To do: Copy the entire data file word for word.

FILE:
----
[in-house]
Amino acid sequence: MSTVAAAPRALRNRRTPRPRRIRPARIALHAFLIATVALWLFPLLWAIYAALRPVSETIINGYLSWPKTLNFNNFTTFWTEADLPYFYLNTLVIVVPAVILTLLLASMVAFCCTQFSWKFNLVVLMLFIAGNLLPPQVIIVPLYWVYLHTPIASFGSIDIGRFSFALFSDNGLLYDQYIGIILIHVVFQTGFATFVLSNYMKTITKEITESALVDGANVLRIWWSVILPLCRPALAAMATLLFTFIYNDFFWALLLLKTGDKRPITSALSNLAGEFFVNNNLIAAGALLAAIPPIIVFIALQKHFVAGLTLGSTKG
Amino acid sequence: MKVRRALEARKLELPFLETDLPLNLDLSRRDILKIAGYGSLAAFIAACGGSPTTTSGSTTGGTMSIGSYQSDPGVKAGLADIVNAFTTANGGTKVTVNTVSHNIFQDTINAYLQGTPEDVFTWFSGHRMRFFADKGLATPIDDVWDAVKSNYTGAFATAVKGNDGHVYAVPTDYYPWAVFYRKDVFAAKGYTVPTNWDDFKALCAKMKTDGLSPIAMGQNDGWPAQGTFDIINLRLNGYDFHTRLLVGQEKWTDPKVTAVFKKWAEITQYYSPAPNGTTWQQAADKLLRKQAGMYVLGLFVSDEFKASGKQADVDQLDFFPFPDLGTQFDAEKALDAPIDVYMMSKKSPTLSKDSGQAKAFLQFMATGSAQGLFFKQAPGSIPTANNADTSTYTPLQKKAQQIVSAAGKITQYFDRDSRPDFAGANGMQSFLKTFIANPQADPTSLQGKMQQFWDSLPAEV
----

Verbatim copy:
[in-house]
Amino acid sequence: MSTVAAAPRALRNRRTPRPRRIRPARIALHAFLIATVALWLFPLLWAIYAALRPVSETIINGYLSWPKTLNFNNFTTFWTEADLPYFYLNTLVIVVPAVILTLLLASMVAFCCTQFSWKFNLVVLMLFIAGNLLPPQVIIVPLYWVYLHTPIASFGSIDIGRFSFALFSDNGLLYDQYIGIILIHVVFQTGFATFVLSNYMKTITKEITESALVDGANVLRIWWSVILPLCRPALAAMATLLFTFIYNDFFWALLLLKTGDKRPITSALSNLAGEFFVNNNLIAAGALLAAIPPIIVFIALQKHFVAGLTLGSTKG
Amino acid sequence: MKVRRALEARKLELPFLETDLPLNLDLSRRDILKIAGYGSLAAFIAACGGSPTTTSGSTTGGTMSIGSYQSDPGVKAGLADIVNAFTTANGGTKVTVNTVSHNIFQDTINAYLQGTPEDVFTWFSGHRMRFFADKGLATPIDDVWDAVKSNYTGAFATAVKGNDGHVYAVPTDYYPWAVFYRKDVFAAKGYTVPTNWDDFKALCAKMKTDGLSPIAMGQNDGWPAQGTFDIINLRLNGYDFHTRLLVGQEKWTDPKVTAVFKKWAEITQYYSPAPNGTTWQQAADKLLRKQAGMYVLGLFVSDEFKASGKQADVDQLDFFPFPDLGTQFDAEKALDAPIDVYMMSKKSPTLSKDSGQAKAFLQFMATGSAQGLFFKQAPGSIPTANNADTSTYTPLQKKAQQIVSAAGKITQYFDRDSRPDFAGANGMQSFLKTFIANPQADPTSLQGKMQQFWDSLPAEV